In the past, people would circle a date in a calendar and write this: “Star Awards; must rush home to watch!”
With TV being our only source of entertainment, Star Awards is like the biggest show of all local shows: some of us were so obsessed, we would call in every day to vote for our favourite celebrity.
I still remember how it works: you picked up the phone, called a number and hoped sheepishly to hear an automated thank-you speech from your idol, follow by a whip of cane from your parents. This went on every day until you saw your idol up on the stage, thanking you for voting for him.
Good old days when Xie Shao Guang, Chan Han Wei or Li Nanxing were the Ah Ges.
Now? I can’t even remember when is the last time I switch on the TV.
I’m pretty sure I’m not the other one who isn’t interested anymore: this morning, I asked my colleagues if they’ve watched it and they didn’t: instead, they just knew about Jin Yinji.
Which, of course, makes me (and many other people) wonder: this Jin Yinji thingy, is it just a PR stunt?
Long story cut short, Jin Yinji is a veteran actress who has been with MediaCorp for 30 years (i.e. I wasn’t even born and she’s already acting).
Last year, she was allegedly offered a renewal of contract that is 1/3 of her current pay, and was insulted as someone claimed that they’ll rather hire someone who’s paid $50 per hour than her.
The more interesting part? She revealed this to Lianhe Zaobao, Mediacorp’s rival.
That grabbed headlines immediately, but then Mediacorp responded.
The 1/3 pay cut is, to put it simply, the basic pay, so with more projects, she might earn more (it’s like sales job: cut basic pay but they can be covered by commissions). As for the “$50-per-hour” insult, it turned out that it was made 10 years ago by someone who has no authority on hiring.
In other words, Mediacorp angled it as a misunderstanding.
The story slowly lost its grip and people forgot about it.
The Top 10 Most Popular Female (and Male) Artistes Award is one of the most coveted awards: it shows how popular a celebrity is that year.
And everyone would agree that for any celebrity, popularity is more important than skills. Just look at some popular celebrities’ acting: their wooden performances still land them countless roles (not that I can act for shit, but you get the idea).
Usually, these awards are reserved for young and popular celebrities. Take a look at last year’s winners:
- Rebecca Lim (31 years old but looks 25)
- Paige Chua (36 years old but looks 25)
- Jesseca Liu (39 years old but looks 25)
- Jayley Woo (26 years old)
- Carrie Wong (24 years old)
- Felicia Chin (33 years old but looks 16)
- Sora Ma (34 years old but looks 25)
- Tong Bingyu (34 years old…and okay, looks 34)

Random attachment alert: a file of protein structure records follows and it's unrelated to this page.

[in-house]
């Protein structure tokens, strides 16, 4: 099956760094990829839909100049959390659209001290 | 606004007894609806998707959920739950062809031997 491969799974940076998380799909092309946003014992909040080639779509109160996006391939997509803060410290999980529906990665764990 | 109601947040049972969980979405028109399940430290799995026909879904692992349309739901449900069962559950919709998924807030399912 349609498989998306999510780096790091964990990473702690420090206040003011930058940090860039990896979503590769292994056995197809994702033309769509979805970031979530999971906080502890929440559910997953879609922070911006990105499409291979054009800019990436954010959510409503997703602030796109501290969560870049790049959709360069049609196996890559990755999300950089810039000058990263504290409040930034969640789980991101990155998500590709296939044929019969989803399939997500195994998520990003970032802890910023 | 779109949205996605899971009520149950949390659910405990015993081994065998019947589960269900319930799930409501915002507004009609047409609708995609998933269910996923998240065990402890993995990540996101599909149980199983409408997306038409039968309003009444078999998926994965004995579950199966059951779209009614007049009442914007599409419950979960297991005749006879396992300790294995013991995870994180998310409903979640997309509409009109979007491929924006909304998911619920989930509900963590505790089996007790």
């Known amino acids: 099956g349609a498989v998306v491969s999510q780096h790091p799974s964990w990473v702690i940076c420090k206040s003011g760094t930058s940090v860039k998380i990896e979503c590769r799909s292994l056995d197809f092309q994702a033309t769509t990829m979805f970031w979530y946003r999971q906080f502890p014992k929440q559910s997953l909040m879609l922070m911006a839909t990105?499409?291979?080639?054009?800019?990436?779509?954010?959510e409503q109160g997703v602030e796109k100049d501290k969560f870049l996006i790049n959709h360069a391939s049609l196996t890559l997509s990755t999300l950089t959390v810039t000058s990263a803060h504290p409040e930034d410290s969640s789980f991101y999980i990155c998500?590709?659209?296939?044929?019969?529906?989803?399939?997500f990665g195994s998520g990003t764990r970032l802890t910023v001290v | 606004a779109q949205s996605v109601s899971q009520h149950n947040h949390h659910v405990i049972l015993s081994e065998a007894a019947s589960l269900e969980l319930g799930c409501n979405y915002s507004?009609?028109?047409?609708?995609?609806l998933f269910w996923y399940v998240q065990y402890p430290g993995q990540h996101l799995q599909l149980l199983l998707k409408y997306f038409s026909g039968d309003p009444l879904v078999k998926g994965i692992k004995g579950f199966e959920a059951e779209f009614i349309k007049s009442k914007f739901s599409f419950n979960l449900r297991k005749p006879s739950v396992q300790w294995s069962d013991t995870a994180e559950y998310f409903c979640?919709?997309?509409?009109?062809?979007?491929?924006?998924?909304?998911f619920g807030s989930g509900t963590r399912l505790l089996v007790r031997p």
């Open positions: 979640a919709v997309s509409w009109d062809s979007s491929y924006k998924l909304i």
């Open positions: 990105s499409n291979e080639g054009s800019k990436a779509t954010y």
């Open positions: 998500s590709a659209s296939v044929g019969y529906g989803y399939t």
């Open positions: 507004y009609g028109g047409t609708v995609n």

- Ya Hui (30 years old)
- Kym Ng (50 years old – the only exception here)
Other than Kym Ng, whom we love for her bubbly character though I myself am surprised that she’s already 50, the rest are young-looking, pretty and have prominent roles in dramas.
Jin Yinji is an extremely good actress (no one would deny that), but other than supporting roles, usually as a grandmother, she doesn’t exactly fit into the winners’ list.
And yet, she won. For the first time, in fact.
PR Stunt, ‘Self-fulfilling Prophecy’ or Real Win?
Now, here’s a disclaimer: she absolutely deserves the win. In fact, she should have won it years ago, together with other veteran actors.
But here’s the question: Why now?
One can’t help but to ask this question: is it a PR stunt?
If you’re been following the YouTube scene, you’ll know that the entertainment scene is like a snapshot from WWE: YouTubers are creating personas outside of their contents to gain attention. Take, for example, the (in)famous Logan Paul: to garner more views, he’s going to have a real boxing match with another YouTuber in August 2018.
Drama confined within a screen is no longer going to cut it for them: they need drama in their life, whether it’s real or fake, for more views.
And views = popularly. You can’t refute that.
But then again, it can’t be: the results of the Top 10 Most Popular Female Artistes Award aren’t determined by one person, but through two factors: one through public voting and one through an independent market research company that conducted survey of 1,000 people.
It’s not by a panel of judges who can be influenced, but a numbers game. And like what businessmen often said, “Numbers are the best feedback; they don’t lie.”
If it isn’t a PR stunt, then what is it?
Perhaps, just perhaps, it’s self-fulfilling prophecy. Or something along that line.
You see, not many people know about her until the fiasco occurred. That parachuted her name into people’s mind: from a third-person POV, it looks like she’s the victim. It helps when various Mediacorp artistes leave the company, further cementing her allegations.
Self-fulfilling prophecy occurs when one thinks of something (e.g. she deserves more and should win) and it happens because he or she did things to make it happen (she wins).
So, were people voting for her because they thought she deserve it? And so, she received the award that was due to her years ago?
We won’t know. Or maybe we’ll know during Star Awards 2019 – by then, memories of her contractual disagreement would have been completely forgotten by people, and if she wins again, it shows that she’s really in the popularity game.
Or maybe it’s a real win.
That after 30 years, people finally remember her.
If that is so, that’s ambivalent: on one side, you’re happy for her and on the other side, you realize she took 30 years to gain your support.
Do come back tomorrow for more commentary!
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